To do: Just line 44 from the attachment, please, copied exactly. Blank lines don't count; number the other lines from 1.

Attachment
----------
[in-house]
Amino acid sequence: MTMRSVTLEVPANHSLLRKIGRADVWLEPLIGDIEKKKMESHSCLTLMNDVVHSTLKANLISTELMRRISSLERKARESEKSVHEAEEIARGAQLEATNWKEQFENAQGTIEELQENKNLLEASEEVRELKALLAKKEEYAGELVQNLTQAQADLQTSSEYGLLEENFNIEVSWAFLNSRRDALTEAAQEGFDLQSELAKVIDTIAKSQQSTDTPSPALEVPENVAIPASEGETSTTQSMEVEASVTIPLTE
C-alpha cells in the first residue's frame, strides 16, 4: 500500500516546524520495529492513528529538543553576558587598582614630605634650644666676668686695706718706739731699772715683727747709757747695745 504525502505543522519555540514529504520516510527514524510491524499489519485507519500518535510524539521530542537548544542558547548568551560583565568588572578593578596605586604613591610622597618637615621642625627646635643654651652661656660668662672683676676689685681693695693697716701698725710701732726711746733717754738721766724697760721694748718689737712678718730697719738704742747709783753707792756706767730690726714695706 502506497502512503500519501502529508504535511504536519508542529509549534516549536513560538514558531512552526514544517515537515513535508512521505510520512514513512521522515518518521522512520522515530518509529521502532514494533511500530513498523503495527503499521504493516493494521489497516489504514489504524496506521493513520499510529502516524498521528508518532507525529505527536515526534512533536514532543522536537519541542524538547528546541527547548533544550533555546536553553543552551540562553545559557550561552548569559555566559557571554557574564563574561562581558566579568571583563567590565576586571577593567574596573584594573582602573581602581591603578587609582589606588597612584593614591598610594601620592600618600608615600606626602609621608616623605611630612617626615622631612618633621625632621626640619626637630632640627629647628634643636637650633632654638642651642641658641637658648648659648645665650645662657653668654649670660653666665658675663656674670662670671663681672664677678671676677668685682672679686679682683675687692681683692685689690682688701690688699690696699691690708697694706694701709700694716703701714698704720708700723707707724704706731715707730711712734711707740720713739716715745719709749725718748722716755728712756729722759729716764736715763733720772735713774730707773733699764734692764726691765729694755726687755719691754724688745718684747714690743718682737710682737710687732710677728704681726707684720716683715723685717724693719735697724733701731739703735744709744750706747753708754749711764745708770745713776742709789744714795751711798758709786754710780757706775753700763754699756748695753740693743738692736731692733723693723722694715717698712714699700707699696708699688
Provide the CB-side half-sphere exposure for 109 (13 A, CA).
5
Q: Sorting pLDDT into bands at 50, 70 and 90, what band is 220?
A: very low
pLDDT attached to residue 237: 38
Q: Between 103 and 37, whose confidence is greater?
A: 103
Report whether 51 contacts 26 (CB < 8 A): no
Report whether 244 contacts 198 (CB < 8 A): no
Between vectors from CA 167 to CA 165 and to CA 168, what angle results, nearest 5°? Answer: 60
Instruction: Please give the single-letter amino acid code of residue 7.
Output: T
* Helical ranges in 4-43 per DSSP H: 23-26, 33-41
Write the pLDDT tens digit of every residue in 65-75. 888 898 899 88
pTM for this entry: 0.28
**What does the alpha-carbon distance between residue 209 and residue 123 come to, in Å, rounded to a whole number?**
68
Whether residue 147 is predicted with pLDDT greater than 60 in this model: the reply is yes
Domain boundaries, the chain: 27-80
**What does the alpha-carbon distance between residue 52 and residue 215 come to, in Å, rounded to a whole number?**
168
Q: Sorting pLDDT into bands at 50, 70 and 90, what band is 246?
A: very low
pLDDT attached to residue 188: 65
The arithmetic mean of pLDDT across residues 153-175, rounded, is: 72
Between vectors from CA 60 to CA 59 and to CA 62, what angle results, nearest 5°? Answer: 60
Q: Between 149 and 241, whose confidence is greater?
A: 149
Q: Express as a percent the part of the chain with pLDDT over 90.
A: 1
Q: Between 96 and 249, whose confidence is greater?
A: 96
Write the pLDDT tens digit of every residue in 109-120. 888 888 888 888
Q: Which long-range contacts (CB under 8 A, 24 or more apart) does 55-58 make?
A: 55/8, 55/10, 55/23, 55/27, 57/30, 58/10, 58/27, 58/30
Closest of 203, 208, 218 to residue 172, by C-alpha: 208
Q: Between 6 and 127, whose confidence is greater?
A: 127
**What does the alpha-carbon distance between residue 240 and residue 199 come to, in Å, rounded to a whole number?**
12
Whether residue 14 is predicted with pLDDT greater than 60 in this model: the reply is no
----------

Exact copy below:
Whether residue 14 is predicted with pLDDT greater than 60 in this model: the reply is no